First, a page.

8 46 Audits in the marketing and branding area a) current market perspective (perception of the brand from the customer's point of view, competitive differentiation) future-oriented (changes in the customer and competitive environment) b) internal analysis of structural framework conditions (brand strategy, business processes, organization) process of brand management (planning , Implementation and control processes) Jenner (2005) also discusses the sponsorship of a brand audit and recommends a team solution of internal and external people in this context. Wheeler (2006) proposed various audits (marketing, competition, stakeholders, language) for the analysis phase of brand projects. Marketing and language audits in particular have points of contact for the development of a brand audit in the cultural sector. As part of the marketing audit, Wheeler (2006, p. 86 f.) Suggests a multi-stage process that goes from a rough understanding of the organization through the development of a frame of reference and the collection of information to an evaluation and presentation. As part of the information collection, she suggests seven different types of sources (branding, stationery, electronic communication, sales and marketing materials, internal communication materials, three-dimensional communication, trade). As part of the language audit, Wheeler (2006, p. 92 f.) Recommends a comprehensive analysis of the language style and content with the help of a checklist across all brand contact points. The result of the various audits is then summarized in a top management presentation. In addition, Wheeler (2006, p. 87) recommends setting up an audit room that visually displays all materials in a structured manner. Keller (2008) proposed a much more complex approach compared to his Brand Score Card.This approach aims to capture all sources of brand strength from the corporate and consumer perspective. To this end, Keller (2008) differentiates between a Brand Inventory and a Brand Exploratory. He recommends that it be carried out by external auditors. With regard to the criteria and evaluation, Keller (2008) advocates an open approach that describes the brand or brands of a company as comprehensively as possible.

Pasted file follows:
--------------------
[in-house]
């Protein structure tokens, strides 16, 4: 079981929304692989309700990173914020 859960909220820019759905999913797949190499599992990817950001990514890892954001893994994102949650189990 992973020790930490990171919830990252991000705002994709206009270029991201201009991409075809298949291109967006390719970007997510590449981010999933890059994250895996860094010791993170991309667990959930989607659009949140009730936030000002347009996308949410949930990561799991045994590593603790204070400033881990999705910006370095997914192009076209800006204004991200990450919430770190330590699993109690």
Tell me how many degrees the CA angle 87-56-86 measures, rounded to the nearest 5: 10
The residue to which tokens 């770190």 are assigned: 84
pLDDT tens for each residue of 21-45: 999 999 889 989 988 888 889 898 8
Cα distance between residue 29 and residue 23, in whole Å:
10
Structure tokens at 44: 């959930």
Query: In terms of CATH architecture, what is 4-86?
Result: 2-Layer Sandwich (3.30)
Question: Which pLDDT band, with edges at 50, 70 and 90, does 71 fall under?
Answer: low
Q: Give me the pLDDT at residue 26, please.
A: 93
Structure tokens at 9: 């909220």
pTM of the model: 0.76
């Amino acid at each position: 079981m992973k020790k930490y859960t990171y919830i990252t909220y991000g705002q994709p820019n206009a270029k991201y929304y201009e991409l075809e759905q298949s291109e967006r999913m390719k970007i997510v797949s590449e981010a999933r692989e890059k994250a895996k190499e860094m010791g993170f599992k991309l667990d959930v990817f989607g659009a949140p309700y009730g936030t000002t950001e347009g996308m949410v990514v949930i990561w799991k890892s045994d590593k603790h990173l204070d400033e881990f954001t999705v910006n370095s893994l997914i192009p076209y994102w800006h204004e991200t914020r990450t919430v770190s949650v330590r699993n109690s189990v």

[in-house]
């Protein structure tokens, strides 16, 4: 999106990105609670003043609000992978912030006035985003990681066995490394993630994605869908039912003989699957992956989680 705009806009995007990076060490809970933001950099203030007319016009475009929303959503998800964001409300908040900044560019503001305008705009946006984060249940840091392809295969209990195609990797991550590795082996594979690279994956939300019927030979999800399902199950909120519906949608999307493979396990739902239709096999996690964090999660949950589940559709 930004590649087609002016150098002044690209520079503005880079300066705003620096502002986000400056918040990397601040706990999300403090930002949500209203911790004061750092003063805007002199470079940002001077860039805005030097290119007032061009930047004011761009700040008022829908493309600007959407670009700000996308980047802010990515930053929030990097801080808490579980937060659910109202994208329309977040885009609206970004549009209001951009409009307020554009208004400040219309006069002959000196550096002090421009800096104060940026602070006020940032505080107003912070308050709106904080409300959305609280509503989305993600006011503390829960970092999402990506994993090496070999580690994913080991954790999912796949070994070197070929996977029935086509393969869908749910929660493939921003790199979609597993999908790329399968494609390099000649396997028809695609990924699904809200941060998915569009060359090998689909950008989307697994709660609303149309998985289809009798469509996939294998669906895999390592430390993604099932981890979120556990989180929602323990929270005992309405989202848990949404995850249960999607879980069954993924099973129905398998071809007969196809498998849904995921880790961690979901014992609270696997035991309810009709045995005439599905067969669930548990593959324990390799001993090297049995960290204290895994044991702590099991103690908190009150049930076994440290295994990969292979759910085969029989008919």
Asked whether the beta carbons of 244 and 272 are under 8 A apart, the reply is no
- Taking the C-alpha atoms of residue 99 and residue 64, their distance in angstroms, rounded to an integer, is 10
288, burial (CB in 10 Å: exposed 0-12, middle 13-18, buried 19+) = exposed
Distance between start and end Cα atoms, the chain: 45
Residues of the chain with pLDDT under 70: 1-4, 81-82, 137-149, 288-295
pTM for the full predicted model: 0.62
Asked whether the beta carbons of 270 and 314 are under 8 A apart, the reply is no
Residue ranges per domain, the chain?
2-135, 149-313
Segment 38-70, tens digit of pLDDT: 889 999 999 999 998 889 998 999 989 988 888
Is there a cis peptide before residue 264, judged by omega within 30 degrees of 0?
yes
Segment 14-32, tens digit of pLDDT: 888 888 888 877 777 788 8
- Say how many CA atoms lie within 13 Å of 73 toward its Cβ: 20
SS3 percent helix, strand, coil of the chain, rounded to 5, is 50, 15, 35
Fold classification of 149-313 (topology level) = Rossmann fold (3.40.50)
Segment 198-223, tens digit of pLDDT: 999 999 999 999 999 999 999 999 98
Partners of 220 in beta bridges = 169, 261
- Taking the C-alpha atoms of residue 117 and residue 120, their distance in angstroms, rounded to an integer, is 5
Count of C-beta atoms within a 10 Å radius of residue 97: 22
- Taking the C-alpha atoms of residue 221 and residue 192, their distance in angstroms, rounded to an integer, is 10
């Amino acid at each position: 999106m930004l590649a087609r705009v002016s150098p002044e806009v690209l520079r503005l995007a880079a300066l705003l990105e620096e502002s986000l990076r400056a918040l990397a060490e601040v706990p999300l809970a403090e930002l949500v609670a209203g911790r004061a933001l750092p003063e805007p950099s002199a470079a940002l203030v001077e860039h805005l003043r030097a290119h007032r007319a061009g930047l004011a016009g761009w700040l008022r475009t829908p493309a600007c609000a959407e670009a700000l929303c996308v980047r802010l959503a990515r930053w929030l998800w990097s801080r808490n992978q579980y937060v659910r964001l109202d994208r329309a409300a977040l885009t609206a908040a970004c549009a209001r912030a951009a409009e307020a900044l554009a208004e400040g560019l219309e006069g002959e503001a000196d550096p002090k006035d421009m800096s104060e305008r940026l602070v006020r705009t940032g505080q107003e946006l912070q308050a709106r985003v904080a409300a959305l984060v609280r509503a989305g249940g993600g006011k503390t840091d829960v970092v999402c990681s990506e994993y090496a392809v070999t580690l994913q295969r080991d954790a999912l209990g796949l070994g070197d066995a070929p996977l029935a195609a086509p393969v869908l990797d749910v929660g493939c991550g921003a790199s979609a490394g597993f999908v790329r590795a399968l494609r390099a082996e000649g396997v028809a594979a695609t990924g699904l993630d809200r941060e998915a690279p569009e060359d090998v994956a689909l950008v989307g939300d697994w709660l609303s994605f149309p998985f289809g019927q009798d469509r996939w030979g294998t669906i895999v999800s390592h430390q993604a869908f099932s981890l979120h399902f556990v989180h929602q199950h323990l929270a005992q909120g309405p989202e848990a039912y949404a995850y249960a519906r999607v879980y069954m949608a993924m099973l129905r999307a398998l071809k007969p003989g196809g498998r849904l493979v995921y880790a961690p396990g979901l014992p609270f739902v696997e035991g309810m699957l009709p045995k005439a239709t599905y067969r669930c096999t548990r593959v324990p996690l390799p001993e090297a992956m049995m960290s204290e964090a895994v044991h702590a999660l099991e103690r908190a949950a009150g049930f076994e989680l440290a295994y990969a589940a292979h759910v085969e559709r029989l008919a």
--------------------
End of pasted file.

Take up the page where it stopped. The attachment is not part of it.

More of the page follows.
9 Overview of existing marketing and brand audits 47 Olins (2008, p. 108 f.) Suggests a visual brand audit in the appendix of his brand handbook, which particularly takes into account the direct brand contact points. Overall, Olins (2008) distinguishes 13 different groups of brand contact points. He does not present ideas for implementation, evaluation or evaluation. Baumgarth / Binckebanck (2012) have proposed a conceptual brand audit specifically for the evaluation of CSR-oriented brands. This approach is based on a brand model, which is composed of five dimensions (positioning, corporate culture, behavior, communication, consistency). A standardized five-point scale in conjunction with a scoring model is proposed to assess the individual criteria. (4) Brand audits in the cultural sector (MK2) For the cultural sector, there have so far hardly been any explicit considerations on how to conduct or set up a brand audit. Only the work by Scott (2000) outlines the implementation of a brand audit for an Australian museum (powerhouse) as an example. This is based on survey results from four target groups (loyal visitors, external stakeholders, general audience, employees) as well as the evaluation of communication materials. Baumgarth (2011) conceptually proposed a five-stage process for carrying out a brand audit for cultural institutions. Furthermore, he has developed a frame of reference that differentiates between inventory and performance measurement, as well as sketching out initial ideas for the concrete implementation of the assessment and presentation of results. These conceptual ideas also formed the starting point for the development of the MAK approach presented in this book. Evans / Bridson (2013), as part of an extensive research project on the branding of public museums in Australia, among others. carried out an institutional evaluation of museums. The participating museums answered questions in standardized form on the three dimensions of effects (number of visitors, image among visitors), basic orientation (including brand, entrepreneurial, market and product orientation) and resources (employees, finances). In addition, there are extensive models, some of which have been empirically tested, which take a holistic view of the brand in the cultural sector and can thus serve as the basis for a brand audit in the cultural sector.